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A few things pulled together

"Random" sequences of numbers
The beauty of XOR

We're going to start gently, and then get "tricky".

We're going to pull a few things together, to achieve a whole perhaps greater than its parts.

What I will have described by the end of this page is not, by itself, a complete system of encryption. But this page should give you ideas of things to go into such a system.

Letters, etc, as numbers

We are going to be using a mathematical system here, so it will be best if we can first turn any letters we want to encrypt into numbers.

We could just call "A" 1, "B" 2, "C" 3, etc... but if we do, how do we show an "a" (vs. an "A") when we want to? How do we show digits? Punctuation marks?

No. Far better to use the scheme called the ASCII "code"(-WP-). (Not a secret "code", and a little different... though not much... from the strict meaning of "code" in a cryptological context).

The ASCII code is widely used in computer work. It assigns a number to stand for every letter (with different numbers for the letter's upper case form and its lower case form), every decimal digit, and many punctuation marks.

As it is widely used in computer work, any sensible programming language has functions for going from the character to the number or back the other way.

For what we are going to do here, it will suffice to know the following...

Number Stands for
  65     A
  66     B
  67     C
  84     T

We're going to encrypt the plaintext "CAT".

We start by converting each letter to its ASCII form...

   C  A  T  becomes...
   67 65 84

Harder to read as "67 65 84", but not very "secret" yet!

Remember "random" number generators? If you haven't read the Flat Earth Academy page on random numbers, this would be a good... but not essential... time to do it.

We learned that the "random" number generators (RNGs) in computer programming languages turn out a series of seemingly random numbers, but if you use the program language's tools for seeding the generator, then each time you run it after using a particular seed, you set the same series of numbers. Ah.

So. Let's pretend that our RNG, when seeded with, say, 42, turns out 3, 2 and 5 as the first three numbers in the series.

To encrypt "CAT", we add those numbers to the ASCII representations...

   67 65 84, plus....
    3  2  5, making....
   70 67 89

That string of numbers is the encrypted version of "CAT" which you would send to the person you wanted to send "CAT" to, without sending it in plaintext.

Your recipient needs to know what RNG you were using (and have access to a copy of it), and he needs to know what seed you used. He would put the seed into his RNG, and generate three numbers. They would be 3, 2, 5, because of the way these things work. He would then take the ciphertext, and, one number at a time, subtract 3, 2 and 5, thus reversing the encryption step....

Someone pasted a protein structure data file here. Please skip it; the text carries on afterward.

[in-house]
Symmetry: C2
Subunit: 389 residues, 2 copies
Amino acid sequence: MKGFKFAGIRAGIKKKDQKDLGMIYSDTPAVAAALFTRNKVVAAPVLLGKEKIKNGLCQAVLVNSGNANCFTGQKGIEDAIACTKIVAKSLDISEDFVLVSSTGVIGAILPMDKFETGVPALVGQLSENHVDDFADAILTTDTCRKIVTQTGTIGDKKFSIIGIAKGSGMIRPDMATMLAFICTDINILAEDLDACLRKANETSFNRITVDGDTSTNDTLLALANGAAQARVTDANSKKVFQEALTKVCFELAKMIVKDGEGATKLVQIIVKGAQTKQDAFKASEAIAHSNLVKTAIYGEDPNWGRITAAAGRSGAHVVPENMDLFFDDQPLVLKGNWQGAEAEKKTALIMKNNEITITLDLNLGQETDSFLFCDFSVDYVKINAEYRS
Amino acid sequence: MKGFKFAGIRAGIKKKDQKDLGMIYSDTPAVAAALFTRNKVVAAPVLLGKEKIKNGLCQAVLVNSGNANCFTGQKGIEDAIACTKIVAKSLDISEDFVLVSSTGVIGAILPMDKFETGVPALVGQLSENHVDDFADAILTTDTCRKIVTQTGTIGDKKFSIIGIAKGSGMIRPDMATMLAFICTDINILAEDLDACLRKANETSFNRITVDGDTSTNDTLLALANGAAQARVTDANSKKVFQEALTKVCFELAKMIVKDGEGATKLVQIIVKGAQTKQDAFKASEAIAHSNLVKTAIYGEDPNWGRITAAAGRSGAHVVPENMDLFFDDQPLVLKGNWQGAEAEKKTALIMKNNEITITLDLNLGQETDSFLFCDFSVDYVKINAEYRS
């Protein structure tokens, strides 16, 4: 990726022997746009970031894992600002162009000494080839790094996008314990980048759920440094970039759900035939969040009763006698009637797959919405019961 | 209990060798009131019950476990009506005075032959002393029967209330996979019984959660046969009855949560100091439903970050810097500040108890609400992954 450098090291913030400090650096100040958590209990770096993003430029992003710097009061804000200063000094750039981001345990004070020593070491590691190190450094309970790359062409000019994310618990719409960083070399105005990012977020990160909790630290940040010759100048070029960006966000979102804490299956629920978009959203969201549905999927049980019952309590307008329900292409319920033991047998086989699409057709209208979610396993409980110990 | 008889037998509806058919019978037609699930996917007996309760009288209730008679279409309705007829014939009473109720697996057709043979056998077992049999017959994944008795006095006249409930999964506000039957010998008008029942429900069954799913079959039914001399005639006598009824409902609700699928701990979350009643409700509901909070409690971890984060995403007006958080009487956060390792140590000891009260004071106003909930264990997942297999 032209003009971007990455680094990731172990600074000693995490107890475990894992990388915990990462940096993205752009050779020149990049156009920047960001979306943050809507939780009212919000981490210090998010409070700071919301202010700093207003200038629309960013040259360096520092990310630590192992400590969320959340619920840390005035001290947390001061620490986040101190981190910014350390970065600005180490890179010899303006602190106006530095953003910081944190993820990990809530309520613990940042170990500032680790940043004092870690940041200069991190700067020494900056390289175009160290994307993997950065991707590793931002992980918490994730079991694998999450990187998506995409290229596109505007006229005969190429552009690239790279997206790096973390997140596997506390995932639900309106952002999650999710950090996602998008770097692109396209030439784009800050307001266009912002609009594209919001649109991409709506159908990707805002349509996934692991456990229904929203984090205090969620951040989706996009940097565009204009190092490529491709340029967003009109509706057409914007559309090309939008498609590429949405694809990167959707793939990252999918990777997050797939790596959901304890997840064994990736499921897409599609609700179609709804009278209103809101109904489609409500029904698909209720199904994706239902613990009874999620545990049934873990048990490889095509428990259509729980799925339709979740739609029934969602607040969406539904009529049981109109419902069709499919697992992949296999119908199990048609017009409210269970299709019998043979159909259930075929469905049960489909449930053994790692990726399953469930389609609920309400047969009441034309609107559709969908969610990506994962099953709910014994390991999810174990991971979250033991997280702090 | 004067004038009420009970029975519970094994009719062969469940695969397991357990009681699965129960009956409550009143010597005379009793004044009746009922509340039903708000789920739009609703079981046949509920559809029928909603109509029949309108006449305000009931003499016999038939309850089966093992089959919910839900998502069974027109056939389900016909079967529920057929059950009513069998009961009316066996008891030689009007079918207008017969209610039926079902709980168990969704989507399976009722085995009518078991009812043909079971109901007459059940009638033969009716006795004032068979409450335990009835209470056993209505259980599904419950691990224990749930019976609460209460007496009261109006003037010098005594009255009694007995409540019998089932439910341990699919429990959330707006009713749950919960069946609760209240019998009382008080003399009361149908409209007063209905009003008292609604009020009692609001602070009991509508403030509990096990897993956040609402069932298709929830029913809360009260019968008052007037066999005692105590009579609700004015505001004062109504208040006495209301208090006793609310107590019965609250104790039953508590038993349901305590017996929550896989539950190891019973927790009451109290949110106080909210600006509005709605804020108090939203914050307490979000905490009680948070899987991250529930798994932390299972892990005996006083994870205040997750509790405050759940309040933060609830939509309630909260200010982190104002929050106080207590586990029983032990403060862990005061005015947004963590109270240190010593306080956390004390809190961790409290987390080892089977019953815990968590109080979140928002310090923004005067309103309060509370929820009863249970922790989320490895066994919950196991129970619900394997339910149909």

70 67 89, MINUS....
    3  2  5, making....
   67 65 84

That's "all" there is to it! (Almost)

An improvement to the scheme

You can do it exactly as above, if you wish. It will work fine... but you can end up with some "too big" numbers, depending on the range of numbers you have set the RNG to create.

It is reasonable to assume that if you are using this cipher, you will be getting a computer to do the arithmetic for you.

And it is easier for the computer if the only numbers involved are in the range 0-255 inclusive.

The basic ASCII meets this requirement quite comfortably.

If you set up your RNG to create only 0s to 9s, you probably won't end up with an encrypted number of more than 255... but your encryption won't be as strong as it easily could be.

Bring on the magic of "XOR".

And before we do that, we need to understand that a number still stands for whatever it stands for, no matter how we write it. "Twelve" and "12" and "A Dozen" all mean the same thing, don't they? You know those "codes". How about 00001100? That's another way of writing 12. That's 12 in binary, with leading zeros.

"Leading zeros"... that bit is really easy. We usually drop leading zeros, but think of the odometer (how-far-it-has-driven-thingie) in a new car. It may well say 000025 when the car's gone twenty five miles. You don't let the zeros in front of the 25 confuse you, do you?

I'm going to be using a lot of leading zeros, because we just do, in this context.

Remember I said that computers "like" to have numbers going just from 0-255? Why 255??? Well, 255, in binary, just happens to be 11111111. (Eight 1s).

Now. We come to the tricky bit. (The rest were just easy bits, to warm you up.)

There's a "thing" called XOR. It is a rule for combining two numbers to make a third number. It is a bit like adding... but easier: there is no "carrying". XOR is really easy.... If I XOR the following two numbers, "Top number" and "Bottom number", I get the answer shown....

11110011 ("Top number")
01010101 ("Bottom number").... if "XOR'd", become...
10100110 (The answer to (Top number) XOR (Bottom number))

To check my work, you look at each column in turn, in isolation. If there's a 1 (in a given column) in EITHER "Top number" or "B", then the digit in that column of the answer is a 1. But! If there is an 1 in that column of "Top number" and a 1 in that column of "Bottom number", then that's the eXception to the OR, (hence XOR), and you have a 0 in that column of the answer. (When there are no 1s, when it's a 0 in both "Top number" and "Bottom number", it's a 0 in the answer too.)

So far, so dull. Why bother?

Let me tell you how we're going to use this for encrypting.

Remember the first letter we wanted to encrypt was "C".
And the ASCII for that was 67.
67, in binary, is 01000011.
THAT will be our "Top number".